Archives For Investment Cycles

Quiz!

Which are good ways to reduce your risk after 10 years of poor returns for a diversified investment? (There may be multiple answers.)

  1. Diversify and include some lower risk investments that performed well in the past 10 years.
  2. Lower your risk by holding some bonds.
  3. Lower your risk by holding some cash.
  4. Don’t make any change.
  5. Increase your allocation to the investment.

5 Rules of Thumb to Avoid Making a Painful Investment Change

Have you ever seen your diversified investments perform poorly for an extended period of 5-10 years, and felt that it would be prudent to diversify to reduce your risks? Have you moved money to an investment that felt much safer based on those years? In most cases, such activity would increase your risk – the opposite of your intended action. In some cases, the results could be painful.

How can a shift to reduce risk end up being painful? Diversified investments tend to be cyclical. The risk of a tough decade following a tough decade is lower than typical, not higher. Furthermore, the risk of a tough decade after an exceptional decade is higher than typical. Here is a case that may be familiar to you: In the late 1990’s US Large Growth stocks seemed like the safest stocks in the world. A switch to these seemingly safe stocks could have led you to losing 30% of your money over the following 10 years (total returns, including dividends, starting 3/1999). If you would have switched away from the seemingly risky Value or Emerging Markets stocks, your pain would have compounded, by missing phenomenal growth.

How can you avoid making a flawed change? Here are a few rules of thumb:

  1. Compare your investment performance in the past 10 years to the long-term performance (ideally 30+ years). If the past 10 years were below average, the investment is likely to be less risky than usual, not more. Don’t make a change!
  2. Do the same for the target investment you want to diversify into. If the past 10 years were above average, the investment is likely to be more risky than usual, not less. Don’t make a change!
  3. Do the same when comparing valuations, as presented by Price/Book. If the change would increase your Price/Book, you would sell low and buy high, something that can hurt you.
  4. Imagine living through a period with the opposite recent performance – would you still feel that you are reducing your risk with the intended change? If not, the alarm bells should be ringing.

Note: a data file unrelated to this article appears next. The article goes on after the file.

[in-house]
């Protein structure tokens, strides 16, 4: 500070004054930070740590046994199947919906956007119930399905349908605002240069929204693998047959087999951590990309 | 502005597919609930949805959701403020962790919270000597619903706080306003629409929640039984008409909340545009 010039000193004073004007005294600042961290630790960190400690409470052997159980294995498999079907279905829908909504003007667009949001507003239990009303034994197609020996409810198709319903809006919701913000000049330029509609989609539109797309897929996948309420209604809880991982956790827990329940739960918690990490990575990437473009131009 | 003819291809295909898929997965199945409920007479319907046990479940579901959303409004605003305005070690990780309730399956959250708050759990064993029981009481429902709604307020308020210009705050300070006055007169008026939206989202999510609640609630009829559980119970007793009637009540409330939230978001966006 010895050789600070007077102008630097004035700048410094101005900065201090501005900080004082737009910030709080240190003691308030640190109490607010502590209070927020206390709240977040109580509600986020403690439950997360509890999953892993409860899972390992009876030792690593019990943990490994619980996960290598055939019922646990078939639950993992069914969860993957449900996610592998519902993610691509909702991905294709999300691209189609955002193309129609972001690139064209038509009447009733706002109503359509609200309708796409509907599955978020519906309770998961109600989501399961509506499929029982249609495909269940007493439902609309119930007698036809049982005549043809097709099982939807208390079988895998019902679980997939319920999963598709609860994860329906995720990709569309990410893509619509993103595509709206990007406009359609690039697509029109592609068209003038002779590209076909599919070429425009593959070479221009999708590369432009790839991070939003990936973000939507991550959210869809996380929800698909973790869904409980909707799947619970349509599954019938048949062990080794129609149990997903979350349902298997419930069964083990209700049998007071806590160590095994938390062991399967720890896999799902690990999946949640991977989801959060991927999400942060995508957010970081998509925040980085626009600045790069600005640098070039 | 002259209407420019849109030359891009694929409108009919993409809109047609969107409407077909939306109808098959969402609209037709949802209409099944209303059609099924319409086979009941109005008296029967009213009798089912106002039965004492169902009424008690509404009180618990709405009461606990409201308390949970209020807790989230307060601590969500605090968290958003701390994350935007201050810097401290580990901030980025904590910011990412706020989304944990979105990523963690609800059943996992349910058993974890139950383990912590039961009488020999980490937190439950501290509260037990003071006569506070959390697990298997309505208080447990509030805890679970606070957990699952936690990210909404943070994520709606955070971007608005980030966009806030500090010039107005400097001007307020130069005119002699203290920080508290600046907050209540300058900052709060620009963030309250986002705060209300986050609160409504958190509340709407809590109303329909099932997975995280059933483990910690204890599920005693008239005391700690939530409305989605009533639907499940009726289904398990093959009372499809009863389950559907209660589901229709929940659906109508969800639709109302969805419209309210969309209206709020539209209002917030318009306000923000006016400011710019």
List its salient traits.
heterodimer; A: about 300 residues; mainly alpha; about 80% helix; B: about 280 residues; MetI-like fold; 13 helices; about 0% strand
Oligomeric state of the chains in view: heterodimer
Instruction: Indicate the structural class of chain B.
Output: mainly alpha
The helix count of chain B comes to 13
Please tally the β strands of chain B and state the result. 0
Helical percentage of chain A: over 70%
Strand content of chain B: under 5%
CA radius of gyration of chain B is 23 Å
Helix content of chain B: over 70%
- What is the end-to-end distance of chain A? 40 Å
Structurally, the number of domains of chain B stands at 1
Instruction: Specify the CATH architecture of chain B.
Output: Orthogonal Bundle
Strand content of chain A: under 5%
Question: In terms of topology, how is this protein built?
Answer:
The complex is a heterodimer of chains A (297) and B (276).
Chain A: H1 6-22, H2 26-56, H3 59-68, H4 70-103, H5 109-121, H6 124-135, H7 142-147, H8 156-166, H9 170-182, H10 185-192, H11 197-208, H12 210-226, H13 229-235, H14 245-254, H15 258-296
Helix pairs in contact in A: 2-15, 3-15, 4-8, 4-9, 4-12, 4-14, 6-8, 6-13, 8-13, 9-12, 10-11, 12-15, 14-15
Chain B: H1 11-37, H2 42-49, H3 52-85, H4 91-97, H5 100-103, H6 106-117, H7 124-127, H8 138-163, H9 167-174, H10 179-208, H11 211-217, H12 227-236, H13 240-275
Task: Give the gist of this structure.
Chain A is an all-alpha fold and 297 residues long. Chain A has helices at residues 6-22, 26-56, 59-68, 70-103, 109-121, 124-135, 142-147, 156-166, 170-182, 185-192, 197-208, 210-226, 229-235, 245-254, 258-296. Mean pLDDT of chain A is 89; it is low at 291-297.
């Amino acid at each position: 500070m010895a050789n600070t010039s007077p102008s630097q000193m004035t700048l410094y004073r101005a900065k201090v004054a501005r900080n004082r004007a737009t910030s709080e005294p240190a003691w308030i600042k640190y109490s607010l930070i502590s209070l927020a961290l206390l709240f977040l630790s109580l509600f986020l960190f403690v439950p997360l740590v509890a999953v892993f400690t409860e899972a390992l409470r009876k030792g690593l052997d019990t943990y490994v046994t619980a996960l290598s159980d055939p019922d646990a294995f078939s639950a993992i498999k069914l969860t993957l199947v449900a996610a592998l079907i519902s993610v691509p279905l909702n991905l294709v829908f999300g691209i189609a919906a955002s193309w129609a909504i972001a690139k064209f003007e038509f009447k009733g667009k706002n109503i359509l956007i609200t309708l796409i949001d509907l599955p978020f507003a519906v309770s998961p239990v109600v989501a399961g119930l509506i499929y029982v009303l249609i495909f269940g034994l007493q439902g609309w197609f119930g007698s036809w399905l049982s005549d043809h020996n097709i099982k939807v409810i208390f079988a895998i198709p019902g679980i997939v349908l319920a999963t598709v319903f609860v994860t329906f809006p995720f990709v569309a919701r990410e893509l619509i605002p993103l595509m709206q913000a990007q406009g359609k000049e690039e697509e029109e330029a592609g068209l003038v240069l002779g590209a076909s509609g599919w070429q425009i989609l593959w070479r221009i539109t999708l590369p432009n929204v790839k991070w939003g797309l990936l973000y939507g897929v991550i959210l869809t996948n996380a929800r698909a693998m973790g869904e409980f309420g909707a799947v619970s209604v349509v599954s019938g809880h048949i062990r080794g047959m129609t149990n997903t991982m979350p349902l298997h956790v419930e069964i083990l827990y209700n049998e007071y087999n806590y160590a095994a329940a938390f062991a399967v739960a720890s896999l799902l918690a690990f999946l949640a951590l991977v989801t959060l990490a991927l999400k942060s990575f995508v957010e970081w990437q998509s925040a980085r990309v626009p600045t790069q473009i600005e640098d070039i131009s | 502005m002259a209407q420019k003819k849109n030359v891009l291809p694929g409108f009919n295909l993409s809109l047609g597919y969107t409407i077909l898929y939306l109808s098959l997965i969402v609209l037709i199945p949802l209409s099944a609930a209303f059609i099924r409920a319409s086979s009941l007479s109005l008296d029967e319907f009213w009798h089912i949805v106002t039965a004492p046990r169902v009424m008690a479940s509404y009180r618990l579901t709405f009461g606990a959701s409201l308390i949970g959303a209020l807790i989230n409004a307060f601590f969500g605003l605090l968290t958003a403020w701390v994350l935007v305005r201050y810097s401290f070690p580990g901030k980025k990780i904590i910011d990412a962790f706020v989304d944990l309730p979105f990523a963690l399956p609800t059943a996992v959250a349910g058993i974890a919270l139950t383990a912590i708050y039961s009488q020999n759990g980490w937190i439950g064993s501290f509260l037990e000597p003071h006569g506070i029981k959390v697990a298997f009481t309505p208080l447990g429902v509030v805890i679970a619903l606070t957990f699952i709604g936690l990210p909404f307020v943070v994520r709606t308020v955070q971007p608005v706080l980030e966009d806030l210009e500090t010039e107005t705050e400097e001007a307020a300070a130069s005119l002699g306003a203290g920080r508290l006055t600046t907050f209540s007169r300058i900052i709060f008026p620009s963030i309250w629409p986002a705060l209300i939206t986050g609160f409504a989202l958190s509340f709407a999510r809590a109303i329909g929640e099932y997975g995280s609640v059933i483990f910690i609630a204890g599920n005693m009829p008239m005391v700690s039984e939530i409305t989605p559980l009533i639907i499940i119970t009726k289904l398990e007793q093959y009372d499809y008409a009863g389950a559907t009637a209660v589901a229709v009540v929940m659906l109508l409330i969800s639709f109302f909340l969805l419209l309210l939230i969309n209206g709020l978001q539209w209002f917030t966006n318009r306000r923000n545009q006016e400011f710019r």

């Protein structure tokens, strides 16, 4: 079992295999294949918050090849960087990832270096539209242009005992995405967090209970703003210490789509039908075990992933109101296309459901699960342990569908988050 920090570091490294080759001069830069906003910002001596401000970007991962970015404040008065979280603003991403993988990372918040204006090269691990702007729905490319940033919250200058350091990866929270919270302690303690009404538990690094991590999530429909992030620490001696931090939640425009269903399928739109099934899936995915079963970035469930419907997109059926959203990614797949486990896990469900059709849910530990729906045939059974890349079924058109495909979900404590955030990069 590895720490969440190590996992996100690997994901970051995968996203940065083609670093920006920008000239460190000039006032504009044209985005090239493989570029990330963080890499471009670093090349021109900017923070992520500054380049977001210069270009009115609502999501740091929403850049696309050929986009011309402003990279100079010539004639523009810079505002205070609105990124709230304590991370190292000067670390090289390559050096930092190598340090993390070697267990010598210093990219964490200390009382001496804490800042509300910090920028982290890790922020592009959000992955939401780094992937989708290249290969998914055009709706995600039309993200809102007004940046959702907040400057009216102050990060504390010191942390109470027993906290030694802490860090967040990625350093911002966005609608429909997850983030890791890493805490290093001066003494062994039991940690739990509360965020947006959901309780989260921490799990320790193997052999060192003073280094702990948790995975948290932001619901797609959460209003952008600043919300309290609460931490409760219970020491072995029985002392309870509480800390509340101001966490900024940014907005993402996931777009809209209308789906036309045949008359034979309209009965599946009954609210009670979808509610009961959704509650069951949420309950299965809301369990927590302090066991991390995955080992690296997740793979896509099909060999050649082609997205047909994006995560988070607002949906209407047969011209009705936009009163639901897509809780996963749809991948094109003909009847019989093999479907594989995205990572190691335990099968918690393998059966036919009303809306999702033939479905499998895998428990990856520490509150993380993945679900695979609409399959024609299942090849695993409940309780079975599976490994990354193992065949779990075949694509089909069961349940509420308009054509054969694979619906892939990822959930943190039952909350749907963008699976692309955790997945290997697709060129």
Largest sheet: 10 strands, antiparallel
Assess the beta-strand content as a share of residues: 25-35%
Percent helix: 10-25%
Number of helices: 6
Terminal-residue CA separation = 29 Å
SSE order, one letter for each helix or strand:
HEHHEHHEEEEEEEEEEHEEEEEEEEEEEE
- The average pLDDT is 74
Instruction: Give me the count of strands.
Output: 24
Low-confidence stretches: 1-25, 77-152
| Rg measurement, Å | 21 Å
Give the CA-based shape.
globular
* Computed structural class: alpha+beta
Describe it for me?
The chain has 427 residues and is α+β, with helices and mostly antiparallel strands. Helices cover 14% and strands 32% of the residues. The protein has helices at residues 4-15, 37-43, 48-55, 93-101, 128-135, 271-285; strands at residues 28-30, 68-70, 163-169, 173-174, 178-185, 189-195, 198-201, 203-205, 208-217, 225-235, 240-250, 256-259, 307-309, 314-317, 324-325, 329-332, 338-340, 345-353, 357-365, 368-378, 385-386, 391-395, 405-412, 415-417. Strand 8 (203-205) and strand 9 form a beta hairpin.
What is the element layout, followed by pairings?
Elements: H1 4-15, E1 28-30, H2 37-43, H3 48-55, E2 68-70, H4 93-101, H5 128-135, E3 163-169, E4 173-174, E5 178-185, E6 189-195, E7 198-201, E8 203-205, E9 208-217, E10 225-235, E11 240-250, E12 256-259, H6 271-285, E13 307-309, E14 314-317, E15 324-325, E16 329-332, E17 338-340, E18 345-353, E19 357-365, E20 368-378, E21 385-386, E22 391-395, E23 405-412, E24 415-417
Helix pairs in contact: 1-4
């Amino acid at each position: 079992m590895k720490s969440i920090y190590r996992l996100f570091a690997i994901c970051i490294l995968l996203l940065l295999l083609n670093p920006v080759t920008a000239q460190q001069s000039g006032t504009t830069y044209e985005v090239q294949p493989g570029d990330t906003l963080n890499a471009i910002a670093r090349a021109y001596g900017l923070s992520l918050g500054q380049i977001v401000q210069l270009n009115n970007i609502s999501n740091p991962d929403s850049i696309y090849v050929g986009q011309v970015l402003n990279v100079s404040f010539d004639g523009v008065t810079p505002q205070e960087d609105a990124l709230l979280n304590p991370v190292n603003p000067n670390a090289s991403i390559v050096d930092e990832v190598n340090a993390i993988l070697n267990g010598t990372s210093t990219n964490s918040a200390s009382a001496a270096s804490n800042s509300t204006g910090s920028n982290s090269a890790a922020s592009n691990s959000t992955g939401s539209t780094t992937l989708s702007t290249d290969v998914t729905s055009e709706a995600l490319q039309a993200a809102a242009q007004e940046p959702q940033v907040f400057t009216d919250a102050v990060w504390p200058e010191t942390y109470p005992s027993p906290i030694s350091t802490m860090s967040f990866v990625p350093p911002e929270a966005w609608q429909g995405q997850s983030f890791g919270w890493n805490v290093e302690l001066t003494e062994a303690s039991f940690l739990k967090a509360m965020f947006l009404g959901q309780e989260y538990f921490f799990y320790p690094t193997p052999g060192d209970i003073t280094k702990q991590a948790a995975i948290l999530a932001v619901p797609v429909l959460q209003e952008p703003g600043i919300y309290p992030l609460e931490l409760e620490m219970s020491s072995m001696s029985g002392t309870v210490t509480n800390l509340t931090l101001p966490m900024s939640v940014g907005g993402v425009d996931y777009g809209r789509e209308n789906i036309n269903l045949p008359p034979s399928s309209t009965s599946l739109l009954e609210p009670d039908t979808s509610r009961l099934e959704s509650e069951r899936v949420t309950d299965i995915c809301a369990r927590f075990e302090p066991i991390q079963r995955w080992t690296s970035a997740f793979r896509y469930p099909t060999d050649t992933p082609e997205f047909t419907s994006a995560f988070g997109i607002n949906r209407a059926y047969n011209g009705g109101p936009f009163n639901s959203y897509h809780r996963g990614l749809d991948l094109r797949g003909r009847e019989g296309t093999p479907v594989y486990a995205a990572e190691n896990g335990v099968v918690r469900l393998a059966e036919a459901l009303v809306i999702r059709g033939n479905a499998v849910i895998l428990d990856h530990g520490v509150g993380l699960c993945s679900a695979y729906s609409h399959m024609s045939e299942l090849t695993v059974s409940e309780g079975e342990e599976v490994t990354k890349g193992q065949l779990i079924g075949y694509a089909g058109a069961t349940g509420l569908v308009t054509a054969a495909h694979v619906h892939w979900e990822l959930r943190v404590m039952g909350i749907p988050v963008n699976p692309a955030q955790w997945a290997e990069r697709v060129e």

5. Say that someone urges you to diversify your portfolio, given the risk of your current portfolio, as presented by recent performance. Check how diversified your current portfolio is. If it includes 100’s or 1,000’s of stocks, split over many sectors in many countries, you are probably already diversified. The phrase: “You should diversify”, is a disguise for the real intent: “You should buy the recent winners, no matter what it does to your diversification.”

How can you use the information above today?

  1. Just like in the 1990’s, US Large Growth stocks performed far better than their long-term average. They averaged about 13% per year over 10 years, compared to a 10% long-term average. You should realistically expect the returns in the next 10 years to be much lower, not just below 13%, but far below 10%. In addition, the P/B of these stocks is far above average, another warning sign for poor upcoming returns.
  2. The reverse is true for Emerging Markets stocks. They grew far below their average. For example, the portfolio Extended-Term Component grew by a mere 2% per year in the past 10 years, compared to 15%+ long-term average (includes simulated data). In addition, the valuations of this portfolio are far below average. Returns above the 15%+ average in the next 10 years are the likely outcome.

A few words of caution: cycles don’t have a fixed length. Returns that are better or worse than average can continue longer or shorter than expected. In addition, long-term averages can fluctuate. While no result is guaranteed, the information above can help you work with the odds, and not against them.

Quiz Answer:

Which are good ways to reduce your risk after 10 years of poor returns for a diversified investment? (There may be multiple answers.)

  1. Diversify and include some lower risk investments that performed unusually well in the past 10 years.
  2. Lower your risk by holding some bonds.
  3. Lower your risk by holding some cash.
  4. Don’t make any change.
  5. Increase your allocation to the investment. [Correct Answer]

Explanations:

  1. Answers 1-3: Diversified investments tend to be cyclical – selling after 10 tough years, is likely selling low. Buying an investment that performed unusually well at the same time, is likely buying high. This will likely increase your risk.